by Kathie Smith
The surprising thing about Spike Jonze’s oeuvre is not only its volume but also its relative brevity. A prolific maker of music videos, shorts, and features, Jonze has, in a very short 20 years, manufactured an aesthetic aura unique to a generational and environmental moment—the generation decidedly Gen X (with Y sympathies) and the environment one entrenched in first world absurdities and melancholia. And for many of us in that general time and place, it’s hard to imagine a world without his strange and irresistible videos for Björk’s “It’s Oh So Quiet” and Fatboy Slim’s “Weapon of Choice,” as well as his defining and idiosyncratic feature debut, Being John Malkovich. Jonze’s new film, Her, is another immersion in the same waters but with an added delicacy that softens its sci-fi exegesis into a collective unconscious hug for the digital age.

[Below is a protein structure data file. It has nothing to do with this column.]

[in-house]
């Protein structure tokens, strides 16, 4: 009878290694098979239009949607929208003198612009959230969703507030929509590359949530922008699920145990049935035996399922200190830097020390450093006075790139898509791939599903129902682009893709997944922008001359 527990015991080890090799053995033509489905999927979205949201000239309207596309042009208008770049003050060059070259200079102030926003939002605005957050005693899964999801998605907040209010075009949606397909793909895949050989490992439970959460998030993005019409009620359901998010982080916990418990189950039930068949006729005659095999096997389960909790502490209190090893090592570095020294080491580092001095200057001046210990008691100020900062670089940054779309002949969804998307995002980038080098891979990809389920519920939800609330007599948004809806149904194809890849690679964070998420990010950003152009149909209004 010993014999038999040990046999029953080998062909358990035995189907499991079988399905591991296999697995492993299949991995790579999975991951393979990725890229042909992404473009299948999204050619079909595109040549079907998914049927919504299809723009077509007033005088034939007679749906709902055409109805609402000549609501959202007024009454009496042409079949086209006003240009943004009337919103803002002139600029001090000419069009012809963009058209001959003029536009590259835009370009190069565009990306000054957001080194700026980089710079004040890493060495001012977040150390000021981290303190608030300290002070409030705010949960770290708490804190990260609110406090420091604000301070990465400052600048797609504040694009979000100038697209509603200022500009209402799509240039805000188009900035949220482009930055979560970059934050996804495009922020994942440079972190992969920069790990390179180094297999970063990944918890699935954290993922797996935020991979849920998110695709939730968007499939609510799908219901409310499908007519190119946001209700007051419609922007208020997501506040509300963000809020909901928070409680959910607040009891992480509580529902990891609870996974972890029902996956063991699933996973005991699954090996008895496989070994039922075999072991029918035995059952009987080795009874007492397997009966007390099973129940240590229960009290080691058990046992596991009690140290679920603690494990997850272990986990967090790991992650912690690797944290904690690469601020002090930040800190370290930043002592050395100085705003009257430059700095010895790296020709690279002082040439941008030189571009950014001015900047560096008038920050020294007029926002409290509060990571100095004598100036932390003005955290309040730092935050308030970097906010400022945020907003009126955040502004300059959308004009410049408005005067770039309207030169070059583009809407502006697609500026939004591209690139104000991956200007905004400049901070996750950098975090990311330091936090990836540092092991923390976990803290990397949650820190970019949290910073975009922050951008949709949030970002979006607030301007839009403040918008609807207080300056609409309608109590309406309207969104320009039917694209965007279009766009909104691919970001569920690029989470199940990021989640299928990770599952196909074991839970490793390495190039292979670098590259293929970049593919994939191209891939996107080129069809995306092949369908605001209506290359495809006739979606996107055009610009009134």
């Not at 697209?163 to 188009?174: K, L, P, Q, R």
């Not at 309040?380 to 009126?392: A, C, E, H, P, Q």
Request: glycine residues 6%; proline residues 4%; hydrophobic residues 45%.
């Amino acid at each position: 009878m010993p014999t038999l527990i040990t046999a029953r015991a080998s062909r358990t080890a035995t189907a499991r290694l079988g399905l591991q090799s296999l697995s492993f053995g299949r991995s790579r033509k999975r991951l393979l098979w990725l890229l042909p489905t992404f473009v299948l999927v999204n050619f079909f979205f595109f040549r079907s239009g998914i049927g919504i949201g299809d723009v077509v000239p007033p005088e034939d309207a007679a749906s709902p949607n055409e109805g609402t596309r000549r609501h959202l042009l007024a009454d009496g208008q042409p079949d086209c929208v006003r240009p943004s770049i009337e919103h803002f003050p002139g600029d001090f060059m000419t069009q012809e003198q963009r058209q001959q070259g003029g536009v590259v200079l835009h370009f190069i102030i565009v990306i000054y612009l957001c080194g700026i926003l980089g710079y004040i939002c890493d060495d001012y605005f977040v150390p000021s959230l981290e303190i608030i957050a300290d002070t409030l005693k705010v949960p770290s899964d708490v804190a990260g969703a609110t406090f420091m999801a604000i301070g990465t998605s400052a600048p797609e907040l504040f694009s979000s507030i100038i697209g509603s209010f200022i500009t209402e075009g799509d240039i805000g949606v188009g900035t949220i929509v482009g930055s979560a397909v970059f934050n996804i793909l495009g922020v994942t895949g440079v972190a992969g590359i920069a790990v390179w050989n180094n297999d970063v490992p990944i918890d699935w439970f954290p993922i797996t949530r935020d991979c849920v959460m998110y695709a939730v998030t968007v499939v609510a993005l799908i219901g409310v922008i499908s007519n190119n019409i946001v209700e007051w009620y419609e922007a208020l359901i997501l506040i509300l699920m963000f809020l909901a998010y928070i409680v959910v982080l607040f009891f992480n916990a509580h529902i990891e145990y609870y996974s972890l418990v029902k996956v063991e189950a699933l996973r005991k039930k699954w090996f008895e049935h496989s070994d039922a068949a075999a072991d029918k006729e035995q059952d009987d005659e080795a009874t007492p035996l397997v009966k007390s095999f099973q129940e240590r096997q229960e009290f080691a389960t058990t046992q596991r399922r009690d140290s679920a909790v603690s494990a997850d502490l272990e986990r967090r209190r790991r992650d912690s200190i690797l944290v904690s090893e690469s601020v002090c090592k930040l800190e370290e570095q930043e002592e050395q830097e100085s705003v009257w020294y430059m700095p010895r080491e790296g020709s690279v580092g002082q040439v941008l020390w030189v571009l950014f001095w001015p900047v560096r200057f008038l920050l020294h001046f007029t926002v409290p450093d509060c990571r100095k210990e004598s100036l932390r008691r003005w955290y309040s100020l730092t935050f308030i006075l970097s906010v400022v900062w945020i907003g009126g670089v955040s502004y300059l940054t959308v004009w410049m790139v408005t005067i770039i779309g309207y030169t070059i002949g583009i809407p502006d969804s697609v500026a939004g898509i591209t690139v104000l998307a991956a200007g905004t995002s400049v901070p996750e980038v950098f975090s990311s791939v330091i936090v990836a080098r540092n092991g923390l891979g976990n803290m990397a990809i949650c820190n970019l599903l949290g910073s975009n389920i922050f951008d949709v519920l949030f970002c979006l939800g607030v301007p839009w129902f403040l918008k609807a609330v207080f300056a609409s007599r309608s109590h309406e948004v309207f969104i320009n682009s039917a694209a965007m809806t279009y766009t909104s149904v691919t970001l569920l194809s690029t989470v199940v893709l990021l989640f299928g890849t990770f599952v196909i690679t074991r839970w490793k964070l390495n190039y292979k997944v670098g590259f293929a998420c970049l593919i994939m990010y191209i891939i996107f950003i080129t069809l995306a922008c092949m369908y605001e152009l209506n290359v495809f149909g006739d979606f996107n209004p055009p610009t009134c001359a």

Director: Spike Jonze
Producers: Chelsea Barnard, Natalie Farrey, Daniel Lupi, Megan Ellison, Vincent Landay
Writer: Spike Jonze
Cinematographer: Hoyte Van Hoytema
Editors: Jeff Buchanan, Eric Zumbrunnen
Music: Arcade Fire, Owen Pallett
Cast: Scarlett Johansson, Joaquin Phoenix, Amy Adams, Rooney Mara, Olivia Wilde
Premiere: October 12, 2013 – New York Film Festival
US Theatrical Release: December 18, 2013
US Distributor: Warner Brothers
Although Jonze leaped into more sentimental terrain in 2009 with Where the Wild Things Are, going for something close to the nostalgic jugular, Her is an unabashed commitment to this tender landscape, with socially awkward attributes. Joaquin Phoenix stars as Theodore Twombly, the quintessential sad and lonely middle-aged man of the near future, filling his free time with video games, chat rooms, and surfing the web via voice command and audio playback. Theodore works at BeautifulHandwrittenLetters.com where he, among hundreds of other employees, dictates personal, heartfelt letters for clients into a computer from where they are printed out in ersatz craft. Theodore seems to have an intuitive knack for conveying emotions for others, tapping into fuzzy affection and quirky charm, while, of course, struggling with his own.